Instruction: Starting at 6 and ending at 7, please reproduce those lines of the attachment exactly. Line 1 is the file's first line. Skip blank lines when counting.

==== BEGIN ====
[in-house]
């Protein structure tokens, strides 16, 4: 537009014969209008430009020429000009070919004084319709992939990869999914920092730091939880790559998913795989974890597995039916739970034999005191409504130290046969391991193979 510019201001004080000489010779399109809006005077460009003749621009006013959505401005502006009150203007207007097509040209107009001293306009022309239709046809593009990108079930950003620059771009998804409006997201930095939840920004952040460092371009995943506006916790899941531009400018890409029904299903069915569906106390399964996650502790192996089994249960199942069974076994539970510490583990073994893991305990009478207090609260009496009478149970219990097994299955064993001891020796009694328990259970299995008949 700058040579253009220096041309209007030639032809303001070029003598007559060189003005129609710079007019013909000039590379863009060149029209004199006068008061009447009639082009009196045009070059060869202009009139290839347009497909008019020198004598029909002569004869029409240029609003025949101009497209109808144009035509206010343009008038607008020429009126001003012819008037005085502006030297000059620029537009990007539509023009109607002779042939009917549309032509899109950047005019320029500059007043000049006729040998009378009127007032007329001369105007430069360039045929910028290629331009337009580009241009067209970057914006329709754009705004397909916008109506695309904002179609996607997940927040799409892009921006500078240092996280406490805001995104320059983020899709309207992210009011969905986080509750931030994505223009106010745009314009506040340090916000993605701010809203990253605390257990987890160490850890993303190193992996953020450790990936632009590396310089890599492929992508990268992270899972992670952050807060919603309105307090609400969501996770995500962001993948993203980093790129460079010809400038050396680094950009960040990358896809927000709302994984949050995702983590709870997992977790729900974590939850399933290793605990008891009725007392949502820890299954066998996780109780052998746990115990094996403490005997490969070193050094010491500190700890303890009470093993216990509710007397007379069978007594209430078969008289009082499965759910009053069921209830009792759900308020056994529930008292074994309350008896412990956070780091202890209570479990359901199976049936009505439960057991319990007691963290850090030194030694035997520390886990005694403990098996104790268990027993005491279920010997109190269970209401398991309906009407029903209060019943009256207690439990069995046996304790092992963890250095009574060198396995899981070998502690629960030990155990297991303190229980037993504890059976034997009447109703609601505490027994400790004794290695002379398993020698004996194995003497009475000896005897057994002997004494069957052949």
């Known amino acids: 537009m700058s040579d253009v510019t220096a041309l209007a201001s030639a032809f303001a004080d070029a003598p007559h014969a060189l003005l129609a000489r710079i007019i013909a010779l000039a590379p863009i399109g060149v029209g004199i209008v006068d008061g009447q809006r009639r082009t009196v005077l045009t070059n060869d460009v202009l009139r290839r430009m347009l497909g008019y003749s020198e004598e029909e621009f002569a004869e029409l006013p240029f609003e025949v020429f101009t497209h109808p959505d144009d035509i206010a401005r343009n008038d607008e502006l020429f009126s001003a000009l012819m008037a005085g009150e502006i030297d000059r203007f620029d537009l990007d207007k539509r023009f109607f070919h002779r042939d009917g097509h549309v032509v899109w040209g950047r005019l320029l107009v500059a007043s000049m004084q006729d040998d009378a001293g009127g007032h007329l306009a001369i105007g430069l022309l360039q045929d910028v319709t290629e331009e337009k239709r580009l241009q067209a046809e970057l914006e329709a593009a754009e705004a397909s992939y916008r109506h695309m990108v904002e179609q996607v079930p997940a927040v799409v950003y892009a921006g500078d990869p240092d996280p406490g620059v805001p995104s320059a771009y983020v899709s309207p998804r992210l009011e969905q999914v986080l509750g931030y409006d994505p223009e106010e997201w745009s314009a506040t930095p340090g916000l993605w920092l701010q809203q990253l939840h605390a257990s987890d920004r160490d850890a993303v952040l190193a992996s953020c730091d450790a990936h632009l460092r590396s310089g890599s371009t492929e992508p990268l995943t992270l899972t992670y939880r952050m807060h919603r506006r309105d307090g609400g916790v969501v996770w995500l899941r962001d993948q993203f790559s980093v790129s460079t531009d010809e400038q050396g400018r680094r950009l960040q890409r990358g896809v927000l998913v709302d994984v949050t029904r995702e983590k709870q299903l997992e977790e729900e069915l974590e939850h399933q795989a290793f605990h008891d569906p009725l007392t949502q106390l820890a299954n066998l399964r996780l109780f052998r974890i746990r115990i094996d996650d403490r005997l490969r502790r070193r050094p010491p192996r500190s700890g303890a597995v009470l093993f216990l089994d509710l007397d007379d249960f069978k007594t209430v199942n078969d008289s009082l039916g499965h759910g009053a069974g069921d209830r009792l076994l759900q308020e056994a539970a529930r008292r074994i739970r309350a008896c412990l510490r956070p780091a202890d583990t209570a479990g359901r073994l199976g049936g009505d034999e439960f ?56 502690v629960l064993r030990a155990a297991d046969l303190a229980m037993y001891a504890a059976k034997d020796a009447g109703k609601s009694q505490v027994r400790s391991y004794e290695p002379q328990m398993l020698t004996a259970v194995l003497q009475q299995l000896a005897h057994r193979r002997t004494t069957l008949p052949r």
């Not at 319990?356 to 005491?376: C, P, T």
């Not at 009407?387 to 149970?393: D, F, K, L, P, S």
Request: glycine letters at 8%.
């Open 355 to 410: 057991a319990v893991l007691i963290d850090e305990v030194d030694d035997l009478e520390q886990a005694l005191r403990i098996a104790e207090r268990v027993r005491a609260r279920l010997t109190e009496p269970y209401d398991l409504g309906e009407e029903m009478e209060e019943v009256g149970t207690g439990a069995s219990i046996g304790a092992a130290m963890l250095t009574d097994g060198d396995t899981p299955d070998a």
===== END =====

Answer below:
Request: glycine letters at 8%.
């Open 355 to 410: 057991a319990v893991l007691i963290d850090e305990v030194d030694d035997l009478e520390q886990a005694l005191r403990i098996a104790e207090r268990v027993r005491a609260r279920l010997t109190e009496p269970y209401d398991l409504g309906e009407e029903m009478e209060e019943v009256g149970t207690g439990a069995s219990i046996g304790a092992a130290m963890l250095t009574d097994g060198d396995t899981p299955d070998a």